Optimization, Step 4: Compactness


The Wikipedia article for compact spaces is large, but extremely informative. I want to distill the important points of what it means to be compact in the context of optimization.

The motivation for something to be compact is a generalization of being closed and bounded. Indeed, any subset A \subseteq \mathbb R that is both closed and bounded is compact. Take this as a definition for now, and we’ll expand on it and re-adjust our thinking. Recall that \mathbb R is both closed and open, but it is definitely not bounded, as it has no upper or lower bound. Without loss of generality, we will only consider closed intervals, i.e. [a,b]. Being closed means that A contains its endpoints, but in general it means that a sequence with terms in A has a limit that also stays within A. We would like it if compactness would mean just that – that sequences with terms in A have their limit point in A. Is the ‘definition’ of compactness we used at the beginning of this paragraph consistent with this logic? Yes and no, and we’ll delve into that now.
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Optimization, Step 3: Extreme Value Theorem

We can finally get to the point. The extreme value theorem is a fundamental theorem about continuous functions that most engineers don’t learn. Most engineering math courses use what’s valuable and hence skip out on a lot of details covered by other courses. That’s okay, because the situation is being rectified here. The extreme value theorem is rather simple. Bernard Bolzano and Karl Weierstrass made a much more complete version that we will be using in higher dimensions. We’re restricting ourselves to the one dimensional case still, and so we’ll just call it the extreme value theorem for now.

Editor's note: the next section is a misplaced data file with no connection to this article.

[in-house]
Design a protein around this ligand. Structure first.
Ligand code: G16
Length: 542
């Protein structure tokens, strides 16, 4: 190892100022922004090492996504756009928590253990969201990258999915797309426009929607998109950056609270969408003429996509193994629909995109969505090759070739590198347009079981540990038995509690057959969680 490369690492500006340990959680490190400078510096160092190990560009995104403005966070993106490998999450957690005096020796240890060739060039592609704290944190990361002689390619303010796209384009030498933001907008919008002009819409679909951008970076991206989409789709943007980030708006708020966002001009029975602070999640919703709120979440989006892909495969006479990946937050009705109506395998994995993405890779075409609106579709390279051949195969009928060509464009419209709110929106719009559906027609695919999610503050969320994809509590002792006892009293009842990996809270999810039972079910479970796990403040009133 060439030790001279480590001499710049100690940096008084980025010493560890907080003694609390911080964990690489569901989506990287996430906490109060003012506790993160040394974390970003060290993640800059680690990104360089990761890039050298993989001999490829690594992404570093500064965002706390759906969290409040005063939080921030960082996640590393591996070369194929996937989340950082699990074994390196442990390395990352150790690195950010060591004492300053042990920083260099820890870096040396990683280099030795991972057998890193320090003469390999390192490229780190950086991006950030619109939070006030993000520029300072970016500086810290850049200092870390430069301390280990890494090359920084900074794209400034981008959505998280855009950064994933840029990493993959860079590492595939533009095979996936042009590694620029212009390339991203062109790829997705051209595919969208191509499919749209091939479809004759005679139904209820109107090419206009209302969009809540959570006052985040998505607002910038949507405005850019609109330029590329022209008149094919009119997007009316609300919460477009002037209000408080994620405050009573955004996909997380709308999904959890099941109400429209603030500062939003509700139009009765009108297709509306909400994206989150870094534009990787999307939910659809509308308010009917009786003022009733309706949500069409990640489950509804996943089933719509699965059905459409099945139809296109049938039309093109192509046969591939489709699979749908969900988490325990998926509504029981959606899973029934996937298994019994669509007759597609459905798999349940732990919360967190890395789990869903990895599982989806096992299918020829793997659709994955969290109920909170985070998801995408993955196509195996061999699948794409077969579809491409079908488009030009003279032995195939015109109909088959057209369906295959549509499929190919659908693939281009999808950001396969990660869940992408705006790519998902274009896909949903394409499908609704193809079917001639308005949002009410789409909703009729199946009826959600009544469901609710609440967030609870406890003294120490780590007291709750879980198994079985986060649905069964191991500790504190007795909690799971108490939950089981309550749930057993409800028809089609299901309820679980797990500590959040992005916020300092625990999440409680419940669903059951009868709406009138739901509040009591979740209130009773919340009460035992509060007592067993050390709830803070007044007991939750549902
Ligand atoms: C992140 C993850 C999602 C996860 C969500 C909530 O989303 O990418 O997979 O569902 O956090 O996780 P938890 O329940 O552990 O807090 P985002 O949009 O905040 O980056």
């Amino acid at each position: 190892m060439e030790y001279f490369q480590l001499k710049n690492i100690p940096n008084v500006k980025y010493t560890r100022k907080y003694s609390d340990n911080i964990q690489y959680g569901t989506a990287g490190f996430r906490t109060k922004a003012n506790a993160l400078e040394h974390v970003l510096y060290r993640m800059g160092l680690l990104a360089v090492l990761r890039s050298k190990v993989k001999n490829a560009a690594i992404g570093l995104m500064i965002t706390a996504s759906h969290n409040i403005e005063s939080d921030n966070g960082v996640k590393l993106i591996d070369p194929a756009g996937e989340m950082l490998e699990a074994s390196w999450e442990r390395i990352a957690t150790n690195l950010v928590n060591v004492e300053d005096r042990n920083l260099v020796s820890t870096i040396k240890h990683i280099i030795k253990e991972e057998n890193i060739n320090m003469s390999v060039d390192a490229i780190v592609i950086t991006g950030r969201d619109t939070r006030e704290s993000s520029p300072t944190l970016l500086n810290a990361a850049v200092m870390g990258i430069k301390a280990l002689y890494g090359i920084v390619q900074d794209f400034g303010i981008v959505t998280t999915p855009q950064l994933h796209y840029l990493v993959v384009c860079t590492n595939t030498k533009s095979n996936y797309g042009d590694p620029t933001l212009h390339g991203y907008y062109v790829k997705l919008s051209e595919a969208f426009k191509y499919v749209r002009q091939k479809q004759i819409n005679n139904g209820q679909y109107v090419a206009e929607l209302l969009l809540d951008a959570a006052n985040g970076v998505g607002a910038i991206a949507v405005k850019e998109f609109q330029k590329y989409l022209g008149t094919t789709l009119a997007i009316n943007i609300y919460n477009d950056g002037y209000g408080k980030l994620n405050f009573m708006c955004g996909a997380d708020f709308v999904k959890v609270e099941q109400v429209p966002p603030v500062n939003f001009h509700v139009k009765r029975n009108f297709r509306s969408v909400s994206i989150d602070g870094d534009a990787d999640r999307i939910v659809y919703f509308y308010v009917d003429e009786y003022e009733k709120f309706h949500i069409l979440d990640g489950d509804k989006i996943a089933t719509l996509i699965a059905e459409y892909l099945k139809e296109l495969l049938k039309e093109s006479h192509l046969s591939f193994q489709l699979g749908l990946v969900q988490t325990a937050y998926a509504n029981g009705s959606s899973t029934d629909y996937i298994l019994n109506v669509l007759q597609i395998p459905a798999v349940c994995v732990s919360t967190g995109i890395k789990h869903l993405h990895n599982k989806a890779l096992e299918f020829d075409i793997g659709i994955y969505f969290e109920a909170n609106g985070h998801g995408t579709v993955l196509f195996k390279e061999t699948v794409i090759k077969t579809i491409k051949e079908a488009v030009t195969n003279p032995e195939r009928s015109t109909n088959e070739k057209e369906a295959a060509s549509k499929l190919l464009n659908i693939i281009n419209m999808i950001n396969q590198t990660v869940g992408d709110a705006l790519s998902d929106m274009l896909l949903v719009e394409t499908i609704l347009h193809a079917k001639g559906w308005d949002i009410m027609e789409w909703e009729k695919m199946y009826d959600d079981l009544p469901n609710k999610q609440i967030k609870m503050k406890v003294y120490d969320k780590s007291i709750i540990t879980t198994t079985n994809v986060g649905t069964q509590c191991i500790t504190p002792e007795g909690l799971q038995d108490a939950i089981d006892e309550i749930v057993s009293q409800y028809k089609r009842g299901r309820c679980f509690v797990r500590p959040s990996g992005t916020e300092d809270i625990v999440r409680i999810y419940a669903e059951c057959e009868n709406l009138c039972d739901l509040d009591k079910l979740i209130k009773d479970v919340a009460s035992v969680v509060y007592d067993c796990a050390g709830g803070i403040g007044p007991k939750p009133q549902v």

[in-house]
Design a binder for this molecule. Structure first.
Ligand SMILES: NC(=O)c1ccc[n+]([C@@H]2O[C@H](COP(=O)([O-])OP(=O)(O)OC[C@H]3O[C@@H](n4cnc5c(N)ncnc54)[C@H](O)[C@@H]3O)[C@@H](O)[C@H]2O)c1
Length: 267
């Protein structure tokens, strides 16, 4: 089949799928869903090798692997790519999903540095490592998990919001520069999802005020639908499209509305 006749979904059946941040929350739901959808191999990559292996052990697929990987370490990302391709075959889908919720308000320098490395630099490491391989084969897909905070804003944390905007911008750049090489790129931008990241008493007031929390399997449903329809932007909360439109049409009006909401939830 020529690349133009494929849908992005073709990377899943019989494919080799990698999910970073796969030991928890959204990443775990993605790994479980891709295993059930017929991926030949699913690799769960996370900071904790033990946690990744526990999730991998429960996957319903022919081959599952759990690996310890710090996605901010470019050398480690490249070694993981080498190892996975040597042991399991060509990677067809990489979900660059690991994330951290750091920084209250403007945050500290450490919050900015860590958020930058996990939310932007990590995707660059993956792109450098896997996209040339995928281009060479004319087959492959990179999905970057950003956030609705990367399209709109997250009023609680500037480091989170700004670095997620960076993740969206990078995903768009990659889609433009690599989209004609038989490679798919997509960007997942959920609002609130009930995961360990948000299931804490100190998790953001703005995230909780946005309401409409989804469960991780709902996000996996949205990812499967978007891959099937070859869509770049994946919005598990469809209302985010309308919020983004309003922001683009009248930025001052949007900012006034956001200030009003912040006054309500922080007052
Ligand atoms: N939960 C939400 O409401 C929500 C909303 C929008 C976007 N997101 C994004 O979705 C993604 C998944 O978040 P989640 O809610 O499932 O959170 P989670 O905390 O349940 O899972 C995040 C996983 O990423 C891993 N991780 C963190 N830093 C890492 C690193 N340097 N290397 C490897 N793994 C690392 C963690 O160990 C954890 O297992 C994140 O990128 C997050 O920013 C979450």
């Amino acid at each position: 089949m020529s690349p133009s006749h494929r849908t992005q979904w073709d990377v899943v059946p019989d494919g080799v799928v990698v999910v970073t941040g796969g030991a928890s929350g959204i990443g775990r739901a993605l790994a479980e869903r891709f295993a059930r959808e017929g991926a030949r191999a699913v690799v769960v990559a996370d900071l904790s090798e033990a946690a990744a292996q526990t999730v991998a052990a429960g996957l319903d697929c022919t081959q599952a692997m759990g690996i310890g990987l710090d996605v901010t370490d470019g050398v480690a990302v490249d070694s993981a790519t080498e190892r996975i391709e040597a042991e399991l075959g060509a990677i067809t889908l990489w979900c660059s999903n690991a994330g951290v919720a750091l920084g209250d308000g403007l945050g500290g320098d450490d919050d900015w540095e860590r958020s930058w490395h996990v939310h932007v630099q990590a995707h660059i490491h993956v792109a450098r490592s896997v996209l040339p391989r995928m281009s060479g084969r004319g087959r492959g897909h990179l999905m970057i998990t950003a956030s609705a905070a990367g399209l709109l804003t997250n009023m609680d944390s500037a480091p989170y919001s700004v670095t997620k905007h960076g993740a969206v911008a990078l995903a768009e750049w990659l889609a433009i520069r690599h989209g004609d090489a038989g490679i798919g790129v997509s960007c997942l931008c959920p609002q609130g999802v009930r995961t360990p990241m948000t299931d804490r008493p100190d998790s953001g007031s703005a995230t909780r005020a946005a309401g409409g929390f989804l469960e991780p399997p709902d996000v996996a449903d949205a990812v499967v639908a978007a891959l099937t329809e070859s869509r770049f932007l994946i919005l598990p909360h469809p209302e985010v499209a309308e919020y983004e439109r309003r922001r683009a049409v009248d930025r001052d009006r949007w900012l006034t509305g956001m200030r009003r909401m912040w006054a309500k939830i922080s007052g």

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Optimization, Step 2

We’ll get really close to finding out why functions have minimums or maximums in this section. In order to do that, we’re going to need a few more tools. We’ll start with functions from \mathbb R \rightarrow \mathbb R, which are one dimensional in nature. Why are they one dimensional? The superscript on the first \mathbb R is implicitly a 1, i.e. \mathbb R^1 \rightarrow \mathbb R^1  in that we’re looking at functions of one independent variable. Soon we’ll generalize the results to n dimensions, and eventually to infinitely many dimensions, but we have to start with one dimension.
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Optimization, Step 1

Some preliminaries.

Engineers often take for granted that functions have minimums and maximums. In general, the underlying goals of machine learning and optimization are to find the minima and maxima of functions. As things get more complicated and more complex ideas as thrown into the mix of real-world problems, it’s not always clear that a goal of finding these maxima or minima is even attainable. Luckily there is a solid framework from which mathematicians stand in order to know that algorithms are going to achieve their goals, i.e. solutions will be found.
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